It turns out that I should have hopped back on the wagon in 2007, because Meet the Robinsons has as much heart as any Disney classic out there. Put simply, I love this movie.

awesome sauce

First of all, the movie’s sense of humor is totally the kind of humor I crave. I love the frogs and their homage to an old Looney Tunes classic. I love that the family has a “Japanese-dubbed” fight with spicy italian sausage in the middle of dinner. The bad guy is referred to almost all the way through the movie as “The Bowler Hat Guy.” There is a picture of Tom Selleck. There are just so many great comedic touches to this film.

One of the great moments in Disney animation history? Ok, probably not. But it is still pretty darn funny.

One of the great moments in Disney animation history? Ok, probably not. But it is still pretty darn funny.

The animation is leaps and bounds improved over Chicken Little. Visually, the film is bright and cheery, and the depiction of the future is one of the most encouraging to come out of Hollywood, despite being incredibly fantastical. But it adds to the atmosphere and overall theme of Meet the Robinsons.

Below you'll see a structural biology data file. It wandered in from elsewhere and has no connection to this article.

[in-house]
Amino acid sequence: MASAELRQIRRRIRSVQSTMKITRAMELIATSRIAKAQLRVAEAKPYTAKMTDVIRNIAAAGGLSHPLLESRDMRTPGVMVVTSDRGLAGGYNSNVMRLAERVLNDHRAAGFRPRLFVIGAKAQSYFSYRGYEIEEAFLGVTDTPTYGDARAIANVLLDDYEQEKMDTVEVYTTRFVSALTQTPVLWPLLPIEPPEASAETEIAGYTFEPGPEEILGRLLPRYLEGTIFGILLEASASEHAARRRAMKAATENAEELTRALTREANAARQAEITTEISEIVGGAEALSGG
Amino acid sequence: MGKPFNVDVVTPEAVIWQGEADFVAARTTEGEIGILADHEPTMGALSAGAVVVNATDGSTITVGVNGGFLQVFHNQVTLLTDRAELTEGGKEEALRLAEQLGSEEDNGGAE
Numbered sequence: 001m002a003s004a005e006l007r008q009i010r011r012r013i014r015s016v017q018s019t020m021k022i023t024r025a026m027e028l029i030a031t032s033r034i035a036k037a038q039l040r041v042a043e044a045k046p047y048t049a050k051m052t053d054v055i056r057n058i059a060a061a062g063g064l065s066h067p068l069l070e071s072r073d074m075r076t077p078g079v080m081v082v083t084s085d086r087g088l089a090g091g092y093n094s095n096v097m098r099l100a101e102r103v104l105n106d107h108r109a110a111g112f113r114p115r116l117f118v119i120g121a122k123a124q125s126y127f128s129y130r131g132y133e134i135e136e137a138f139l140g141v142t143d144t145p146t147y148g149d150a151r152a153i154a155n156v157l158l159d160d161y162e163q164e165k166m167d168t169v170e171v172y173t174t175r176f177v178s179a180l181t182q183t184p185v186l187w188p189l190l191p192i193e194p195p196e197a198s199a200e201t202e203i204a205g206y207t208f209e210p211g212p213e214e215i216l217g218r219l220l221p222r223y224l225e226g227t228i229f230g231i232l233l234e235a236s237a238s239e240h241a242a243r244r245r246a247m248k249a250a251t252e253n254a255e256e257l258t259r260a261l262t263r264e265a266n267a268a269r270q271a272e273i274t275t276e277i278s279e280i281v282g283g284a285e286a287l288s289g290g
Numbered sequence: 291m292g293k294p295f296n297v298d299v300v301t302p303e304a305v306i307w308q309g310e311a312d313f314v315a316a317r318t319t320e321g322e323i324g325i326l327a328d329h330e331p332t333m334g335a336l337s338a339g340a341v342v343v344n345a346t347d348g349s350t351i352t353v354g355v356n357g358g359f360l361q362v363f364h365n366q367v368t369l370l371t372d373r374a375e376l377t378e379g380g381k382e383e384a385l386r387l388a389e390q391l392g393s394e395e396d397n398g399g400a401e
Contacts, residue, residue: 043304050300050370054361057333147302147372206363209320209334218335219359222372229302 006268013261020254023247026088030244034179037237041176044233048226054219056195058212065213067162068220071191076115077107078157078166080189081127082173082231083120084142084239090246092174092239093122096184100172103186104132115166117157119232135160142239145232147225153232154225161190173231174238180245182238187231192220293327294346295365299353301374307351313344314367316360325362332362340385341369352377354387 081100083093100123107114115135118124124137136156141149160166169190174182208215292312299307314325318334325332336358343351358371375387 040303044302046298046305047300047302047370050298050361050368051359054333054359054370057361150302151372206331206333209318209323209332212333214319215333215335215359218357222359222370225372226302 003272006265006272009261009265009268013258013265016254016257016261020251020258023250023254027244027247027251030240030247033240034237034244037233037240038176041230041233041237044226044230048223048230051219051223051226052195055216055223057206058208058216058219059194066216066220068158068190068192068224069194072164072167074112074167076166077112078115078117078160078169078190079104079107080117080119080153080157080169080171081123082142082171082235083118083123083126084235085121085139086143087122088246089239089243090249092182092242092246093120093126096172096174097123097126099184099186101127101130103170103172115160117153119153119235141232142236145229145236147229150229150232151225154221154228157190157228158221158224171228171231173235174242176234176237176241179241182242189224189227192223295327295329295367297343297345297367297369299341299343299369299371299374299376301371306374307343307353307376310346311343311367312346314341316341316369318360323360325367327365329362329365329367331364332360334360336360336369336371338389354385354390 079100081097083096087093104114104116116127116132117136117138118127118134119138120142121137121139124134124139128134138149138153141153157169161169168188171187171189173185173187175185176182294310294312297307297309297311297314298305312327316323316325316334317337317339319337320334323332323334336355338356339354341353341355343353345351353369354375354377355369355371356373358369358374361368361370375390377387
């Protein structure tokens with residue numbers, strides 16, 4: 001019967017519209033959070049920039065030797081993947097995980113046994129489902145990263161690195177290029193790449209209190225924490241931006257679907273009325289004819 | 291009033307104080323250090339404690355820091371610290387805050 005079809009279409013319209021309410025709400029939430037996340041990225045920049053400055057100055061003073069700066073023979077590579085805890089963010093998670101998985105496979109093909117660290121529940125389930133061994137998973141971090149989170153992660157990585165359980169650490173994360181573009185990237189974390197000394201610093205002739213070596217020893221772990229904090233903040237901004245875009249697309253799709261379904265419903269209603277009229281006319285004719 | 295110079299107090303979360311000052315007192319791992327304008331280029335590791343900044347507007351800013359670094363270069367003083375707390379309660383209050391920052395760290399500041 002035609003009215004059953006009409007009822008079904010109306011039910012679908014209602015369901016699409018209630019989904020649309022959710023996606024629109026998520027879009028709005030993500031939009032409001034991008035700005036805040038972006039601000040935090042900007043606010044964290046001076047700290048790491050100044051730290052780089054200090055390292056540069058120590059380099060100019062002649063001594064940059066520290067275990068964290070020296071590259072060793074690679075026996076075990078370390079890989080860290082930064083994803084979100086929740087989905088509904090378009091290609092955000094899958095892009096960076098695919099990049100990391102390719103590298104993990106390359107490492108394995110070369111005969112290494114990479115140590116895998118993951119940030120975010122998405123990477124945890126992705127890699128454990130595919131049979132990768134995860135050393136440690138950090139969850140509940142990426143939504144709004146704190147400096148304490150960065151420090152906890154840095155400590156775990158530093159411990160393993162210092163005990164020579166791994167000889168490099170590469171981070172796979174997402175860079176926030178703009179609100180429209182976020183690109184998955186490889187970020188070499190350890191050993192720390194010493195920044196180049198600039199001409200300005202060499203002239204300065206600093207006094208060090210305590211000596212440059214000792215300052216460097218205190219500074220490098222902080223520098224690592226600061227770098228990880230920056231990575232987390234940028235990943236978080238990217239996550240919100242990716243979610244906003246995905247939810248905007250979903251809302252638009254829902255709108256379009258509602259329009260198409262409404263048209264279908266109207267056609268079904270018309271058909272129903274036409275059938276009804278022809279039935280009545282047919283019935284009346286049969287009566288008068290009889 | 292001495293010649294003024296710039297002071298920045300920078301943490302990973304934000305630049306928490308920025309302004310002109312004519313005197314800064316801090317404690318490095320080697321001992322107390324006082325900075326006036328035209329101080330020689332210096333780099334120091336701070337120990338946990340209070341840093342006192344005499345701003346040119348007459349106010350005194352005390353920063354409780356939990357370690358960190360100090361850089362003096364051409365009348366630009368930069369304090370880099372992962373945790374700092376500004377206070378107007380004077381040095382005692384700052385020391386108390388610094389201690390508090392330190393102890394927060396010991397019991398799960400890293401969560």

bowler hat guy

Hello, The Bowler Hat Guy.

The characters are fun overall, and the ones that really matter have some good depth to them. The Bowler Hat Guy may not be one of the top Disney villains of all time, but what they do with him is a nice touch, and the twist in the end is something I wasn’t expecting at all.

This next aspect is more of a side note because it doesn’t really add to the movie directly, but I’ll mention it anyway. I’m a huge fan of the song “Little Wonders” by Rob Thomas. When I first heard the song back in college, I remember many times putting this song on repeat, and constantly coming back to it for some reason. It is just a great song with a great message by a great singer. It is a great match for the movie.

Speaking of great messages, the most important thing I appreciate about Meet the Robinsons is its message. It is the icing on the cake that really makes this film hit home for me. In today’s world, more than ever we are in need of sources of encouragement. We all have our dark times where we wonder why we even keep trying to carry on with one thing or another. I don’t know anybody who at one point hasn’t felt like they were beaten down by false messages from schoolmates, associates, or even the media, telling them they are not smart enough, not good enough, that they will never amount to anything, etc. But the truth is, we all have huge potential if we have the right encouragement and if we know where to turn for inspiration. Every last one of us can make a difference for good.